Tigers cost roughly $10,000 and up, with certain colors (white tigers) costing more. Tigers are sold directly from breeders (often on the Internet) and sometimes through odd and unusual exotic pet auctions.
How Much Does it Cost to Feed a Tiger?
Tigers are the largest of the “big cats” you must make sure you can afford to feed it and have a steady supply of meat, they should not be fed dry cat food. Many people feed horse meat or beef, at a cost of $1,500 to $2,500 per year.
How Much Land do I need to Own a Tiger?
In many places where pet tigers are allowed it is a requirement that you own at least 5 acres. In other words you cannot keep a tiger in your city backyard no matter ow good of a fence you have. In some cases the tiger not only needs a proper enclosure but your property also requires an additional 8 foot perimeter fence, mostly to keep people out!
Other Expenses for Owning a Pet Tiger
I should not have to say this, but anyone who does not spay or neuter their tiger is asking for trouble. The tiger will need to be vaccinated and wormed, having a veterinarian who is willing to do this things may present a challenge in itself. There could be unexpected expenses due to health or injury.
©art by author, not for reproduction
Other Concerns with Owning a Pet Tiger
Of course there are the obvious concerns regarding safety, big cats have big risks. They can turn mean without warning. If they hurt you that is bad enough, but if they hurt somebody else you may have a potential lawsuit on your hands in addition to having your pet removed.
In regards to veterinarian expenses, just how you are going to get the big cat to the vet and back, do not assume you can just put it in the back of your car. Even if you could most vets will not look after “loose” big cats, they require them to be in a proper cage, called a “Squeeze”. Some veterinarians will come to your property (they charge mileage) but again, the cat must be contained.
Many tigers in the pet trade are inbred, particularly the white ones. In some cases this makes them more prone to health problems and shortens their lifespan.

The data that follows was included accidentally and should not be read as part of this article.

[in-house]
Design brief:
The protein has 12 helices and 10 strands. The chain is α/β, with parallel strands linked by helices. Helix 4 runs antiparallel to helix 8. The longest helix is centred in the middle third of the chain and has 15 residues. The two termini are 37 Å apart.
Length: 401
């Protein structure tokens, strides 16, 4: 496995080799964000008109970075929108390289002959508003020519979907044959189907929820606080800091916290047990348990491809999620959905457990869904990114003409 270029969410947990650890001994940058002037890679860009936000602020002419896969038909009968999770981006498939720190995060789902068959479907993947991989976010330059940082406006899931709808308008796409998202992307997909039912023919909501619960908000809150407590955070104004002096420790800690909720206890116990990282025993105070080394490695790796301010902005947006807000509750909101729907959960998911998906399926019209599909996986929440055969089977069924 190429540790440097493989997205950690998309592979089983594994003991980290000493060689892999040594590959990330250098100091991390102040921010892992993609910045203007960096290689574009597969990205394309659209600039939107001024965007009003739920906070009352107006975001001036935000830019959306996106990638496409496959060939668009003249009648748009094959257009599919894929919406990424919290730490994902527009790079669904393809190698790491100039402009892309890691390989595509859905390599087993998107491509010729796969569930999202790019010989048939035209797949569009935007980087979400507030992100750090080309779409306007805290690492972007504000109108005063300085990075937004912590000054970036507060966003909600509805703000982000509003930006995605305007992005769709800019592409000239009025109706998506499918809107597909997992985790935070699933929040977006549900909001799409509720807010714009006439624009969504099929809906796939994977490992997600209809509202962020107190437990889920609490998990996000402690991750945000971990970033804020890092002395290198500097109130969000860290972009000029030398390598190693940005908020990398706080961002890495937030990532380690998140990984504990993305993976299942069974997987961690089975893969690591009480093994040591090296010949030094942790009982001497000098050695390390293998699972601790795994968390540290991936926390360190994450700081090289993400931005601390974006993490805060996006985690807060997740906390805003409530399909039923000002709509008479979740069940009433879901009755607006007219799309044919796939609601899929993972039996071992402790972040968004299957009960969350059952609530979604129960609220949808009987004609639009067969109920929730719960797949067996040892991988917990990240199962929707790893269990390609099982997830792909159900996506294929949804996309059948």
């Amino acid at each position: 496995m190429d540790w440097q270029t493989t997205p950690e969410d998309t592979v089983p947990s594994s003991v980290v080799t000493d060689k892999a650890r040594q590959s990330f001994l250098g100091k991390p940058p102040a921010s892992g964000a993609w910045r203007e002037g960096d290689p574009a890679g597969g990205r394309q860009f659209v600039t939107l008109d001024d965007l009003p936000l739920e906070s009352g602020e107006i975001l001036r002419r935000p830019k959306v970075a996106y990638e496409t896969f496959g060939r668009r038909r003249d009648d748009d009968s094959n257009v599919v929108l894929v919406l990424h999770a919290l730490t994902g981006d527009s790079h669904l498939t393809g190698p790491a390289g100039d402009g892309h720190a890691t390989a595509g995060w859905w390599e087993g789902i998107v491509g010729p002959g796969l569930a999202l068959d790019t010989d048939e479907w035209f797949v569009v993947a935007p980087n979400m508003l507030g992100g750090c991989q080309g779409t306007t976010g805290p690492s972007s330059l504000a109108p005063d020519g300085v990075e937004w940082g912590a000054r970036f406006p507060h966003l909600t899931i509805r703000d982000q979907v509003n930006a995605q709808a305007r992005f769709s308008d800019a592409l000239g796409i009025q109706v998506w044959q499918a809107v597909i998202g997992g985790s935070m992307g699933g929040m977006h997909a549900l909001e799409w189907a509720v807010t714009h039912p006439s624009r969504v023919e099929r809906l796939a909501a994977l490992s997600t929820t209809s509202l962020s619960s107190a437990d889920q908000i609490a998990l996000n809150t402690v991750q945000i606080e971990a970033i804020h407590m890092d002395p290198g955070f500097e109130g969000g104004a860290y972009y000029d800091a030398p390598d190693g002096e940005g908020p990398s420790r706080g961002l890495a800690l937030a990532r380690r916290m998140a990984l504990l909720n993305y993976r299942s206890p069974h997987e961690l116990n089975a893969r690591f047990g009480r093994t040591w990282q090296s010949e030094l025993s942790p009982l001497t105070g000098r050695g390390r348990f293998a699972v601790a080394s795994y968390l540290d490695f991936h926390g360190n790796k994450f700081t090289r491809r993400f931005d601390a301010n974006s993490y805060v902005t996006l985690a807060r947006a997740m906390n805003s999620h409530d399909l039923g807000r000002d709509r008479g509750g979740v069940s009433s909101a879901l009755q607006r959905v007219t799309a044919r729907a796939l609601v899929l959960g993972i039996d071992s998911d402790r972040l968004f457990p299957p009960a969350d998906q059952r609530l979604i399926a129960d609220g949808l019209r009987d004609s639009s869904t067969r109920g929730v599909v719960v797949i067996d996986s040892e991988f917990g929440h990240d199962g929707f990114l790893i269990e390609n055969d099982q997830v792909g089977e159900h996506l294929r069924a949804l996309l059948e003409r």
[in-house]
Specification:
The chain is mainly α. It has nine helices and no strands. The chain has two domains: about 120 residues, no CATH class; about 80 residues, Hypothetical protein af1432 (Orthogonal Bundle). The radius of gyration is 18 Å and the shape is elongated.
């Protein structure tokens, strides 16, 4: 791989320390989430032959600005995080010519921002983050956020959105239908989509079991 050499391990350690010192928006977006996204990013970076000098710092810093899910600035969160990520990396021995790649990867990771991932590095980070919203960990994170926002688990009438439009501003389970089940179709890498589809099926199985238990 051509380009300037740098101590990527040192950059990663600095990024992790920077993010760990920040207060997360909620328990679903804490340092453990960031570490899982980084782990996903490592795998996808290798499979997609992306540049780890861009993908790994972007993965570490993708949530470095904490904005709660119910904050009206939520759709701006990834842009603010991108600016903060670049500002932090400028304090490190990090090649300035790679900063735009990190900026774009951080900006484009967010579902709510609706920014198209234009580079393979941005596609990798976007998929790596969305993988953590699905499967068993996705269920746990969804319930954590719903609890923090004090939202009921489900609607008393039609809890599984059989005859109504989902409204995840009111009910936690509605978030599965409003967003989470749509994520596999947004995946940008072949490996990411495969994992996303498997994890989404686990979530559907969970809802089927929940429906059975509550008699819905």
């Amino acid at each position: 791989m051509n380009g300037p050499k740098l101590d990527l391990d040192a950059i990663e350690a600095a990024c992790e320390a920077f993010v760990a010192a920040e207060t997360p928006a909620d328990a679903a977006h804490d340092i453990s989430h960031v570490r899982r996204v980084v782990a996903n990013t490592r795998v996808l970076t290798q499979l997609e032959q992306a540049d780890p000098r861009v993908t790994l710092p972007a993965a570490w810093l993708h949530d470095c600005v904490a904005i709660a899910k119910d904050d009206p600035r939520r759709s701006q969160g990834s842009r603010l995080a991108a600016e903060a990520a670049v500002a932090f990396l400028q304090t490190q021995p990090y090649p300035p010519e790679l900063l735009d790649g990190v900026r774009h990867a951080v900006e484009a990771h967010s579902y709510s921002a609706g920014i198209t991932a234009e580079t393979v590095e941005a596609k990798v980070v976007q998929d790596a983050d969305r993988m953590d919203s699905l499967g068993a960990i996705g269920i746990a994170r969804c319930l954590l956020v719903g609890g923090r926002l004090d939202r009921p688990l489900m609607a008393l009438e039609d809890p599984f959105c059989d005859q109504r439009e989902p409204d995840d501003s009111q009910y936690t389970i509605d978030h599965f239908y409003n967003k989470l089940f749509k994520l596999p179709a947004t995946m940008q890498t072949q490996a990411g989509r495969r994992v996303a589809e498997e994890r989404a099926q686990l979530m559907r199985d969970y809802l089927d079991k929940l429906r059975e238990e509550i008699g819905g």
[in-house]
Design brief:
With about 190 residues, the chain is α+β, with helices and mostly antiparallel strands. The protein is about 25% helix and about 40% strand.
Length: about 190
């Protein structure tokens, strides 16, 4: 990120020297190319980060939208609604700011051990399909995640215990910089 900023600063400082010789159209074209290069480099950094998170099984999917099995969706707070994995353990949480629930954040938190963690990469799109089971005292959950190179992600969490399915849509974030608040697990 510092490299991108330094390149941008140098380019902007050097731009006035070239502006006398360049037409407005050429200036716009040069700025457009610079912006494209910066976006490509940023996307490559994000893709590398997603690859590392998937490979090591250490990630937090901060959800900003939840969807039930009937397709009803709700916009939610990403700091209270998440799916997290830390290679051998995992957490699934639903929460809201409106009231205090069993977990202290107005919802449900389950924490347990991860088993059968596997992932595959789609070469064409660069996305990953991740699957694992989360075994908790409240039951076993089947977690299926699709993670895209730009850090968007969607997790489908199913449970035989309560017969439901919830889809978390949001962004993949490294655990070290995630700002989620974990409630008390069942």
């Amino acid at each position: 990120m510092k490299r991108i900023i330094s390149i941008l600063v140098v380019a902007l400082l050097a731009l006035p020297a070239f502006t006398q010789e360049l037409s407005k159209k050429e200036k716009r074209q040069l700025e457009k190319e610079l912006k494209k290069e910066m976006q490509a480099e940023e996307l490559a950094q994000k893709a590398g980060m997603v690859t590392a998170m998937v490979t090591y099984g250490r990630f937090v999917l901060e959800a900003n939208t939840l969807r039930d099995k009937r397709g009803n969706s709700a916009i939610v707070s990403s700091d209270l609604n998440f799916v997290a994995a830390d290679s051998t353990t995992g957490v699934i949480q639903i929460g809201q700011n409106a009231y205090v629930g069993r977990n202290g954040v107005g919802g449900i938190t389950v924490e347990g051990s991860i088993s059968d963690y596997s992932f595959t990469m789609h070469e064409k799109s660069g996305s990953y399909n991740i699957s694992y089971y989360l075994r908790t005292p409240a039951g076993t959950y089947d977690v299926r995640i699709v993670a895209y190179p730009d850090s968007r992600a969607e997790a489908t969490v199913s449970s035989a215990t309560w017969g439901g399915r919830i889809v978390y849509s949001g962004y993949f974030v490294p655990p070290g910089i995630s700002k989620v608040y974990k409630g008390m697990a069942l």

You need to have a proper waste management system. What will you do with all the feces and urine?
One More Point about Owning a Pet Tiger
Many people get tigers and find, for one reason or another, that they cannot care for them. There are only a handful of places that take rescued tigers and those places typically report that they cannot help all the animals they are asked to help, in other words many former “pet” tigers are being killed.
On the whole, rather than considering buying a pet tiger it would be far better to donate to help the tigers already in captive rescue situations, such as the Shambala Preserve in California, or other big cat rescues.
States that Allow Tigers as Pet
States that Currently (as of January 2012) allow Tigers as pets, are as follows:
Alabama, Arizona – permit needed, Delaware – permit needed, Florida – permit needed, Idaho – permit needed, Indiana – permit needed, Kansas – license needed, Maine – permit needed, Minnesota – registration needed prior to 2005 can only replace an animal once if they had one registered before this date and it died since, Mississippi – permit required, Missouri – must be registered with law enforcement and have a permit, Montana -permit needed, North Carolina – regulated by the county, North Dakota – permit needed, Ohio – need health certificate for importing, Oklahoma – permit required, Pennsylvania – permit required, Rhode Island – permit and proof of secure premises required, South Carolina, South Dakota – permit required, Texas – license required, Virginia – license required, West Virginia, Wisconsin.
Note- This articile is not to endorse tigers as pets, overall they are not suitable for pets in most situations, and many are suffering as pets even now.